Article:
Becca McCharen’s vision for Chromat is dramatically precise. With a background in architecture, a cornerstone of her work, the New York-based brand is undoubtedly strong and powerful; that’s why it’s been on Beyonce, Madonna and die-hard fans galore. Now focusing on conceptual pieces, swimwear and sport, we caught up with her to see how she’s built the brand.
When did you decide you were going to switch from architecture to fashion?
For years after graduating architecture school, I worked for architects and urban planners, but as soon as the day was over I would run home and work on whatever weird fashion project I was into at the time, just for fun. Fast forward 2 years later and the weird fashion projects became Chromat, and a few pieces ended up in a friend’s holiday pop-up shop in NYC. After that snowballed, I ended up quitting my day job to move to NYC and do Chromat full time!
Is there a moment when you were like I’m doing this? Also, why swimwear?
When I quit my job and moved to NYC, that was a defining moment. I figured I would have to get an architecture job while I built Chromat, but I kept getting orders and 3 months later I still hadn’t had time to send my resume to architecture firms. So that was it!
With Chromat, we are interested in taking the structural elements of garments and extruding them to the surface to create scaffolding for the body. Swimwear and lingerie are the garments closest to the body; they are a perfect first skin on which to translate the linear context lines of the form.
What are some of your strongest pieces?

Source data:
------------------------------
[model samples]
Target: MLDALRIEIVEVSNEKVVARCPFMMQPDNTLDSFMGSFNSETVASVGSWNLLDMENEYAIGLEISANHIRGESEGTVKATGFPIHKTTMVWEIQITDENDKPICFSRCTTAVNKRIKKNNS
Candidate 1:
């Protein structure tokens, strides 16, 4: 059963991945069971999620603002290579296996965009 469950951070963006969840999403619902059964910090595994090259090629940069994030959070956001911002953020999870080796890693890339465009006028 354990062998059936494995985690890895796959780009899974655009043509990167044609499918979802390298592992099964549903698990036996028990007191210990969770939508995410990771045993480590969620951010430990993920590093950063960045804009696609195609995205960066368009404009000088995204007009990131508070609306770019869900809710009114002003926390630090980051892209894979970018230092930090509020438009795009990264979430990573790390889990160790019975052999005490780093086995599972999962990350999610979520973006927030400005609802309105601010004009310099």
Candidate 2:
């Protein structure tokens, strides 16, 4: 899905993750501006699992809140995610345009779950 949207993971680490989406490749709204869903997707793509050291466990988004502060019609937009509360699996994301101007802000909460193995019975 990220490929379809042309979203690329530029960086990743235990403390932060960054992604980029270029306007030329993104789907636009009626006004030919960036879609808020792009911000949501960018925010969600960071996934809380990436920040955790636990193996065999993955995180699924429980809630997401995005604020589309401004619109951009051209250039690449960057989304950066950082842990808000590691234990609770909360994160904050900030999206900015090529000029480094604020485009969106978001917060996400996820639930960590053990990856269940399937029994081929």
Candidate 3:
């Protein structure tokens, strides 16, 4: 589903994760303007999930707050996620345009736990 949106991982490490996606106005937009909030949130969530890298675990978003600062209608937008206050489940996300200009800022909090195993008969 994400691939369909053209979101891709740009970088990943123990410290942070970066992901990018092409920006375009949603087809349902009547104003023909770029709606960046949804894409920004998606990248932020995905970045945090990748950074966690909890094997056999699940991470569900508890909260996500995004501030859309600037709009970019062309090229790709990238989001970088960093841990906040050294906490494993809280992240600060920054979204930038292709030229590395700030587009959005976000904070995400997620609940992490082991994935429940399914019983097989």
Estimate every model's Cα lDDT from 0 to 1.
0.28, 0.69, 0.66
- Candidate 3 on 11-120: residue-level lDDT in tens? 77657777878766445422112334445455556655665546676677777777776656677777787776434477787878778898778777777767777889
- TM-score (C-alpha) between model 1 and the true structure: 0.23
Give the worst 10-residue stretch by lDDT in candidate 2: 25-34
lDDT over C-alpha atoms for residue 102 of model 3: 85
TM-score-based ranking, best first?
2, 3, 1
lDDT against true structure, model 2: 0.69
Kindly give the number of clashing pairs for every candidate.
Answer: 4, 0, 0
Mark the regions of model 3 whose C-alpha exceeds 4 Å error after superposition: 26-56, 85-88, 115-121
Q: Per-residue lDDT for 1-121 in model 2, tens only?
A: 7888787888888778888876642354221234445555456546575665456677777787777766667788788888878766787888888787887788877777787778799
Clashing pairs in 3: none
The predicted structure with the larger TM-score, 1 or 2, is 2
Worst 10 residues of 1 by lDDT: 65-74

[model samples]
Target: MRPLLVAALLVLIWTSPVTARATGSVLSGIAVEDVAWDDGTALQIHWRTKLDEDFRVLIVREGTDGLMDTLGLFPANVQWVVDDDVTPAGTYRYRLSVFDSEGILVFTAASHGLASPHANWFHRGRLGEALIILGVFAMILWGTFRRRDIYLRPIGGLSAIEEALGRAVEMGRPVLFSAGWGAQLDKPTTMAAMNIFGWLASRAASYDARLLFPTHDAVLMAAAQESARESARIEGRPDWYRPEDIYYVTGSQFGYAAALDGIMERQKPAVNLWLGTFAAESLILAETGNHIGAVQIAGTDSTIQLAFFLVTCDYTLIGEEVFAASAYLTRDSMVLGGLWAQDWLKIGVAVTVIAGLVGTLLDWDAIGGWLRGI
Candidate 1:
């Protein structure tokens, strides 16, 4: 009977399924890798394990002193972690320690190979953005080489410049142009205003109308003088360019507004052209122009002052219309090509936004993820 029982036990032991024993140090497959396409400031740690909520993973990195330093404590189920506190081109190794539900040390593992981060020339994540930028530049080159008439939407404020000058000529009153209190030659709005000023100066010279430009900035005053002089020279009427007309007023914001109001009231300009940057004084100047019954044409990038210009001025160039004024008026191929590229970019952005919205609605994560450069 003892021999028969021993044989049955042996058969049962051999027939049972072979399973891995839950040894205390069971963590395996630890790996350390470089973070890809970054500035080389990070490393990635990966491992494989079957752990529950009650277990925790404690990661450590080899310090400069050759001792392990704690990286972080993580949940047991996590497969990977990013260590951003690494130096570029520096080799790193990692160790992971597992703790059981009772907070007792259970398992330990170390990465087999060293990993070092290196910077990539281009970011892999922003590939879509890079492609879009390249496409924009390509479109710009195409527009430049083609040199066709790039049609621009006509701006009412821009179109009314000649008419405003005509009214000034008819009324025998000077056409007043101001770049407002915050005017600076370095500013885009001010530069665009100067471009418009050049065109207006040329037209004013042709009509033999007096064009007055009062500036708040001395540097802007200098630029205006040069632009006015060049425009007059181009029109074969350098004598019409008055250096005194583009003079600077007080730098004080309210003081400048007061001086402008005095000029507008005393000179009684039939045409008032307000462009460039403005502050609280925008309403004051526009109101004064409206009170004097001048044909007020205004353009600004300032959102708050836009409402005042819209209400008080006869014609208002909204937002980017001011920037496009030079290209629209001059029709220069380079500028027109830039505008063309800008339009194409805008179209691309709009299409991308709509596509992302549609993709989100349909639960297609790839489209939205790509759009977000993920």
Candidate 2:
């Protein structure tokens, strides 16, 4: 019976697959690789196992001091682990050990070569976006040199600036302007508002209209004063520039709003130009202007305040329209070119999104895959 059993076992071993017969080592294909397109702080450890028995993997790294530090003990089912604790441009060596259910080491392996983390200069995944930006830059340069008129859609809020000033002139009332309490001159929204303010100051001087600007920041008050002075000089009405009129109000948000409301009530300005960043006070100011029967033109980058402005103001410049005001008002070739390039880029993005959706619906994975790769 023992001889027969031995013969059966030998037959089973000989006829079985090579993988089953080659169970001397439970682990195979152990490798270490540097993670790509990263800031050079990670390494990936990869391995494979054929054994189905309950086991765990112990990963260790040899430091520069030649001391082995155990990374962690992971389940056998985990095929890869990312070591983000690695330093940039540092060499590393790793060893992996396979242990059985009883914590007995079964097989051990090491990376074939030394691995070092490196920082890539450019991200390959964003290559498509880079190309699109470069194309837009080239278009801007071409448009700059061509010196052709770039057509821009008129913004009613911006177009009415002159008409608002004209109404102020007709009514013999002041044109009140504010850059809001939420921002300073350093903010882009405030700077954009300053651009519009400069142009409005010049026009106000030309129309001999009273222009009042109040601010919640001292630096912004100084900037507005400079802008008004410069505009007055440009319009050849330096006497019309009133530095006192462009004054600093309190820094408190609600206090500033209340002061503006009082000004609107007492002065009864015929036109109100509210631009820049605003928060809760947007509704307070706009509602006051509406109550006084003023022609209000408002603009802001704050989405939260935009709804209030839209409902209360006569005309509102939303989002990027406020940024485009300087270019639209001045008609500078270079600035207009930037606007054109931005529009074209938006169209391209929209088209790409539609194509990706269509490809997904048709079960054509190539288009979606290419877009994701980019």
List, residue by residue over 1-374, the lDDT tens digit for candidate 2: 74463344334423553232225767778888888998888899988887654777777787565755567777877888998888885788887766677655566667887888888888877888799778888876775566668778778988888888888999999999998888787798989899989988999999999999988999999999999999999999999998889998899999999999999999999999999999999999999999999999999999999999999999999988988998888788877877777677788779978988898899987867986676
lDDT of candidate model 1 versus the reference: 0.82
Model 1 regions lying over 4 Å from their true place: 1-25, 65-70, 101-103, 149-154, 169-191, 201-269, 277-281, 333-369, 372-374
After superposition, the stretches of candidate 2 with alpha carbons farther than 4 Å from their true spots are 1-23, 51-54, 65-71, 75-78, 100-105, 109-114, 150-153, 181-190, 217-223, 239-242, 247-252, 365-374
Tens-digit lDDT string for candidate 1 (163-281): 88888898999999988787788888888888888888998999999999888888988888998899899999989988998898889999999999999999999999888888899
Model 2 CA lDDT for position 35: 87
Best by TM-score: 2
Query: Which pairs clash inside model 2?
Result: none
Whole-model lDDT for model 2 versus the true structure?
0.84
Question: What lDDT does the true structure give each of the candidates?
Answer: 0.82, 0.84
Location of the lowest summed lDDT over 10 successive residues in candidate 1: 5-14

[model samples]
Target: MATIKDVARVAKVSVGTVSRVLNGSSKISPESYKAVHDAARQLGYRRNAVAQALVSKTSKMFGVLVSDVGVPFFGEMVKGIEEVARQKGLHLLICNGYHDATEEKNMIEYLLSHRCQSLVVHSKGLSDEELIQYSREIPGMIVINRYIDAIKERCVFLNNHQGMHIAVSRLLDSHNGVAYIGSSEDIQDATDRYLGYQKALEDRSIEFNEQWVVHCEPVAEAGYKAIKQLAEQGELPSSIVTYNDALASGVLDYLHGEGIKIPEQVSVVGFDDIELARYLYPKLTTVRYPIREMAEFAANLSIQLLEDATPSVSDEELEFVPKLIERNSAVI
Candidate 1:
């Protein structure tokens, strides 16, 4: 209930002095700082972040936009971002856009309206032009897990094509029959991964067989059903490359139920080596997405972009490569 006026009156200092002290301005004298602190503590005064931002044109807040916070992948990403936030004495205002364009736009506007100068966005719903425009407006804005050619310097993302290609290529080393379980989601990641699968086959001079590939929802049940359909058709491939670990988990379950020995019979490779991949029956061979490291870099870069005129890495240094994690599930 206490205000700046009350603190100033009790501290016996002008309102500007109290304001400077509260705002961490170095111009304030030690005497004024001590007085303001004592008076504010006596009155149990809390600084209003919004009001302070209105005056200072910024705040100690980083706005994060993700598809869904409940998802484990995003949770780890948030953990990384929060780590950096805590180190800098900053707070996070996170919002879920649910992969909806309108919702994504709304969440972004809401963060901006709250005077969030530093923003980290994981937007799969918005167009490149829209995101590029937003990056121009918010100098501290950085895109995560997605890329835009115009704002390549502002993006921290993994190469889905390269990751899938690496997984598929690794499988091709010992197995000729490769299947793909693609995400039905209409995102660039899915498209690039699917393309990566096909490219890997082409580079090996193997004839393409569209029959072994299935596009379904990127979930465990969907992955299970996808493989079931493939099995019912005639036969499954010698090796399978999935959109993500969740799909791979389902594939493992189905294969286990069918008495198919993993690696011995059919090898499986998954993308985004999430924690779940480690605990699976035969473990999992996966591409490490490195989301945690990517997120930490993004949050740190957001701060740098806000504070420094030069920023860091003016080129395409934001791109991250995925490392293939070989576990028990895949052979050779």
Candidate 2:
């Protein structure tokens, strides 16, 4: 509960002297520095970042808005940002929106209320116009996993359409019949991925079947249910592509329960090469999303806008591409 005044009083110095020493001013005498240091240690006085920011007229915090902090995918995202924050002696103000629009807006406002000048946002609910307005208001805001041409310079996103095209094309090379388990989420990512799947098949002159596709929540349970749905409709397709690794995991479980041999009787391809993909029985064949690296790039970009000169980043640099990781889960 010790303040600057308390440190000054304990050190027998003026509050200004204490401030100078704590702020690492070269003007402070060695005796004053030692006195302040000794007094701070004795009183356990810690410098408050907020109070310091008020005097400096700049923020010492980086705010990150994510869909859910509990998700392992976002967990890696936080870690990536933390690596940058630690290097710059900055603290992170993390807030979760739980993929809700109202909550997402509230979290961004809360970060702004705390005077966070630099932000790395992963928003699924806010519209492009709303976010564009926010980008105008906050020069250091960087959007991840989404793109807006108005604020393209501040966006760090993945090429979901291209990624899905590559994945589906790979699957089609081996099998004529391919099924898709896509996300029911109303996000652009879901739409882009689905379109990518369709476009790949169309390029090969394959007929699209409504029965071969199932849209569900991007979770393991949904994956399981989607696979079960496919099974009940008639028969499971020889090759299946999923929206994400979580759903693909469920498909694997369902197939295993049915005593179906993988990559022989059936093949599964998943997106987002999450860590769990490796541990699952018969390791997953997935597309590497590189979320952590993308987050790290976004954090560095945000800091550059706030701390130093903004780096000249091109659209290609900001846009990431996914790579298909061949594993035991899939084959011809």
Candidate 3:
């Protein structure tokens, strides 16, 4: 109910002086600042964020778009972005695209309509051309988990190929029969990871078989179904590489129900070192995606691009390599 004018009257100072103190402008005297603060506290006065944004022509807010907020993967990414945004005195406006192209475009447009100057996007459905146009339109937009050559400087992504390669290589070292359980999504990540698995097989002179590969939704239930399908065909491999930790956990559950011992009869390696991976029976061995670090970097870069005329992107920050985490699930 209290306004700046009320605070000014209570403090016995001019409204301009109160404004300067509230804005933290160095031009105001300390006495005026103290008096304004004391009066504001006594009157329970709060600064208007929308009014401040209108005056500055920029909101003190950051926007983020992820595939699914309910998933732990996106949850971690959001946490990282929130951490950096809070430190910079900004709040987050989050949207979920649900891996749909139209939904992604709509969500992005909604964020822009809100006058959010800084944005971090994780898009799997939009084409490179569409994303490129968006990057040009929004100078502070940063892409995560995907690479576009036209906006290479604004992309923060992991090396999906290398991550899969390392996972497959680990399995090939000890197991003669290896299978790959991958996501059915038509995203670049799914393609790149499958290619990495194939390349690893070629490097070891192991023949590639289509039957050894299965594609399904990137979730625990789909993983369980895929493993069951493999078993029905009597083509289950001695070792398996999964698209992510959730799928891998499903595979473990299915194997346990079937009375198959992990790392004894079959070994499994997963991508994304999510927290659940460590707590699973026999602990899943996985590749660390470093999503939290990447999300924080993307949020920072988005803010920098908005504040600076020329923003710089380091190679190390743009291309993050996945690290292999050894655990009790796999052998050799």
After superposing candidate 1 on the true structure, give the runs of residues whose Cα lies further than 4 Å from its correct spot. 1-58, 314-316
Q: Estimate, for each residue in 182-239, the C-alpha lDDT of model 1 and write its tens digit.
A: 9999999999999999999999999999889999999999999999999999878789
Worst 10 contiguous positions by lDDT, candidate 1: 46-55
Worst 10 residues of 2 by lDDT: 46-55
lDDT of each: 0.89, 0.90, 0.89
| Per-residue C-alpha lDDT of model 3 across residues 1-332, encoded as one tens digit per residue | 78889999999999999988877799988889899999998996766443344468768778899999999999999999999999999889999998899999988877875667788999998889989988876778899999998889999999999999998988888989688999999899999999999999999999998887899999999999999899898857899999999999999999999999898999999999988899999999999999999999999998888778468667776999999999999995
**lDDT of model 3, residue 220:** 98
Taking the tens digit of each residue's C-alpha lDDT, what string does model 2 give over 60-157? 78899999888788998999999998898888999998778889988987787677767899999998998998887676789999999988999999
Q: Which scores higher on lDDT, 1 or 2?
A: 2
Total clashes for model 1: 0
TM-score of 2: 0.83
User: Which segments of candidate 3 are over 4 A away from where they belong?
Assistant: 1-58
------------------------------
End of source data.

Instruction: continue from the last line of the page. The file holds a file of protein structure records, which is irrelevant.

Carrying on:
The Chromat Underwire Bralette is mega popular and easy to wear. The Machine City Dress is a great showpiece and translates Chromat’s background in architectural theory. And it was in a Lexus commercial!
What do your customers love about your core cages? What are some of the interesting ways people have styled them?
Chromat’s core cages are what defines the architectural nature of the Chromat brand. They are structural pieces that can define an outfit. Some of my favorite stylings have been monochrome looks- like all-white or all-black looks where the Chromat cage functions as the outermost exoskeleton of texture.
Mathletes is next. What is your vision for 2014?
For the SS14 Mathletes collection, Chromat was inspired by mathematical competitions. Sports jerseys, team uniforms and the intellectual mastery of NASA Astronauts were referenced in the new collection of sport and swim.
How have you evolved and why did you design more athletic pieces?
The Sport, Swim and footwear collections have all evolved from our architectural foundations, and each has imprinted their own structures into new territories. The athletic pieces were built as the groundwork while we continue to explore new technology and find new ways to incorporate fashion and technology. Look out for more on that next season!
Next season has a lot of branding. Why did you take the brand in that direction?
The Chromat branding was an act of defiance against the onslaught of Chromat knockoffs we’ve seen roll out of factories in the last few seasons.
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